NIrV Giant Print Holy Bible, editor unknown
[Note: This book was provided free of charge by BookLook/Zondervan in exchange for an honest review.]
Many readers may think that the NIrV listed as the title of this translation of the Bible is a typo, but the lowercase r and the capital for N, I, and V are deliberate. From time to time I review Bible translations and versions , and this one has a particular targeted purpose that is worth discussing as it makes a big difference in how this particular version reads. Although the anonymous editors, who are apparently part but not the full body of the NIV Committee on bible Translation, believe this version would appeal to children, its absence of pictures or maps of any kind likely would not endear itself to young readers, and the fact that it is a very large book, as my Sabbath School students commented on when I brought it to help teach a class on Noah’s flood, would also make it less appealing to young people. Nevertheless, there is a clear and large audience that would find this Bible at least somewhat appealing, given the fact that it is the New International Readers Version of the Bible, and a giant print one at that, and that audience is made up of people whose eyes are not very good who need the large print and whose vocabulary in English is not very good, and so having a bible with an extremely simplified vocabulary as this one is useful in aiding comprehension.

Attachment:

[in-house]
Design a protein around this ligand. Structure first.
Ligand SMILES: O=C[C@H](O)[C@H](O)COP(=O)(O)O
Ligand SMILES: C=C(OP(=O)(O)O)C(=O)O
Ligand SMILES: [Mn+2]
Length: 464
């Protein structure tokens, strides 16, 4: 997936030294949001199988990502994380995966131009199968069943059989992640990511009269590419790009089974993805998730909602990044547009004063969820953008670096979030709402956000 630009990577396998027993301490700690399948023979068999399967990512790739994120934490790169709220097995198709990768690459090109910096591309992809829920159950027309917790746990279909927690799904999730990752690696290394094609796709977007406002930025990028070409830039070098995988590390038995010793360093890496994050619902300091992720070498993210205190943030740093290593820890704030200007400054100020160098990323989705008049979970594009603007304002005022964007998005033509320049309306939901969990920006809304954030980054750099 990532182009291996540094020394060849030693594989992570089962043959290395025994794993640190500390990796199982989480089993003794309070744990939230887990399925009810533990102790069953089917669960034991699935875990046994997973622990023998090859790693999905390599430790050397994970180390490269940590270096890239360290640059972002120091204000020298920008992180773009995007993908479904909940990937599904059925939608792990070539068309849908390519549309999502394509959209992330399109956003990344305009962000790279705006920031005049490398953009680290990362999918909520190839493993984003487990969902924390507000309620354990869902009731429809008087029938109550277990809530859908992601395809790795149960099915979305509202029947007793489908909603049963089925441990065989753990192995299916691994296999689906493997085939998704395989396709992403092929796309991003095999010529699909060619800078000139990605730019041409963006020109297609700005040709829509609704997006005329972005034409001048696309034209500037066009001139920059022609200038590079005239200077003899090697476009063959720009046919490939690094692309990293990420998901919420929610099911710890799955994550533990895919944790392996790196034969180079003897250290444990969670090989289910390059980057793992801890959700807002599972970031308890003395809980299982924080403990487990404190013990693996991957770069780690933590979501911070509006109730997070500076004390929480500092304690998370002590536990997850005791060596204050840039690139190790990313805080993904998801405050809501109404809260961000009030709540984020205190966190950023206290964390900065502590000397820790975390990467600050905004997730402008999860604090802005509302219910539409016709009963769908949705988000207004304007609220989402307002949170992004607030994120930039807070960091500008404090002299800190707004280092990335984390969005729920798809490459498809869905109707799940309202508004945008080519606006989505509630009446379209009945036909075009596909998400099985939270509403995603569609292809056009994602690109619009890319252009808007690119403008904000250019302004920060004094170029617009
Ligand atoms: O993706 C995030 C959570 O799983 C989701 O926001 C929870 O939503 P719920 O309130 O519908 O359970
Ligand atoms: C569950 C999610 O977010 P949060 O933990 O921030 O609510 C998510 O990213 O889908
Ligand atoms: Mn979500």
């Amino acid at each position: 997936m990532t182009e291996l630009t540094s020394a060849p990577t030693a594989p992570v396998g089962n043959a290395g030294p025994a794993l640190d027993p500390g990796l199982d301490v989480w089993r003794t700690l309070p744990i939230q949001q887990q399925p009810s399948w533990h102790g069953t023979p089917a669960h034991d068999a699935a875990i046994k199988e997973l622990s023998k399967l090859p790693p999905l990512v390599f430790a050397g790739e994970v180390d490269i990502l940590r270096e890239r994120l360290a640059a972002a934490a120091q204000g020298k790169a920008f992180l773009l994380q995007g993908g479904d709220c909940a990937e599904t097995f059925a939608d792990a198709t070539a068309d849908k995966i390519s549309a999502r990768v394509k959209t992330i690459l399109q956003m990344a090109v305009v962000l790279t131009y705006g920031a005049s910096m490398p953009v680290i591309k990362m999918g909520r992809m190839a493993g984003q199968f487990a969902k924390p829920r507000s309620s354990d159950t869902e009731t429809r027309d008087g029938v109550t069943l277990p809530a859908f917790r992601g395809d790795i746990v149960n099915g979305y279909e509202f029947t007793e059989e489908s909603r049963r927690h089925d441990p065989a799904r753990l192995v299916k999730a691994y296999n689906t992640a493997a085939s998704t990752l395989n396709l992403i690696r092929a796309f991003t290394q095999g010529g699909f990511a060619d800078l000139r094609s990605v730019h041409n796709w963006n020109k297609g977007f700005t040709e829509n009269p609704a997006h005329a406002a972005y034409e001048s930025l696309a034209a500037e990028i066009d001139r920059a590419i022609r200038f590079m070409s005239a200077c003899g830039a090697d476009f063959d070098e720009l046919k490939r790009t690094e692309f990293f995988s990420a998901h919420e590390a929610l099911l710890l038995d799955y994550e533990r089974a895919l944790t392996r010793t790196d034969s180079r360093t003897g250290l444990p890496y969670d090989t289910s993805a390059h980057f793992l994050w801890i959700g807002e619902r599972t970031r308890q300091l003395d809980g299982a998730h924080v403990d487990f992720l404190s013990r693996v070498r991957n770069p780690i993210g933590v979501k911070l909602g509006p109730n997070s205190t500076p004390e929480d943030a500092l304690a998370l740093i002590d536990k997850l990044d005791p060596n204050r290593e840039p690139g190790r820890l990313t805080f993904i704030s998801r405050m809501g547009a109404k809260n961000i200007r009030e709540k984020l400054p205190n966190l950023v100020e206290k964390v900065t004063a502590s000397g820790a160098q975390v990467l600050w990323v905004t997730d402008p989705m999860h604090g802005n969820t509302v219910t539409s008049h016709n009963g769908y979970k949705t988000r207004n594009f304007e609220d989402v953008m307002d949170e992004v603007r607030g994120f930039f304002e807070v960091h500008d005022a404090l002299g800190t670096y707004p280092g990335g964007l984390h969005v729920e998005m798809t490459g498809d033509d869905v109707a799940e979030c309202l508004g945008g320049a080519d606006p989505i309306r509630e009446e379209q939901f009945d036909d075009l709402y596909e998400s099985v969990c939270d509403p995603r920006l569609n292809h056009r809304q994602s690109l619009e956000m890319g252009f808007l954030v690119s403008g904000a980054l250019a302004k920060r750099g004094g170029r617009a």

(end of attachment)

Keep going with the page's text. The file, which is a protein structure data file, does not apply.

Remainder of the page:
It is difficult to convey, especially in the sort of language that I use, just how bare-bones this Bible is. Everything about this book is designed for a reader whose ability to comprehend the text of the Bible itself is so doubtful that the book lacks marginal notes, cross sections, introductory sections for books of the Bible, or concordances. There are, it should be noted, some samples of Bible stories, and there are headings for sections, and, tellingly, there is a dictionary for words that may be unfamiliar to the readers of this Bible, including the following examples, taken more or less at random: fast, holy, Israel, judge, kingdom, law, obey, pierce, praise, right hand, Sabbath, saved, soul, tomb, virgin, and widow, to give a few of many such examples. Given that most of these words are fairly basic, but have to be defined because the intended of the audience is not likely to know them, it appears that this Bible is being designed for people who lack a basic and fundamental grasp of the English language. My feelings about this are somewhat complicated. On the one hand, I commend the editors for wishing to make this Bible clear enough to be understood, but at the same time I feel that a great deal of meaning and nuance are lost when a text is reduced to such a small set of words without any sort of critical analysis to help people tie verses together or get a sense of the tone and mood, and poetry, of the original Hebrew, Aramaic, and Greek. It would seem that the effort of translation would be better spent in the languages that people speak the best, so that they may bring their full understanding and linguistic competence to bear on it, rather than trying to muddle through a drastically oversimplified version of the Bible in a language that is beyond their skill.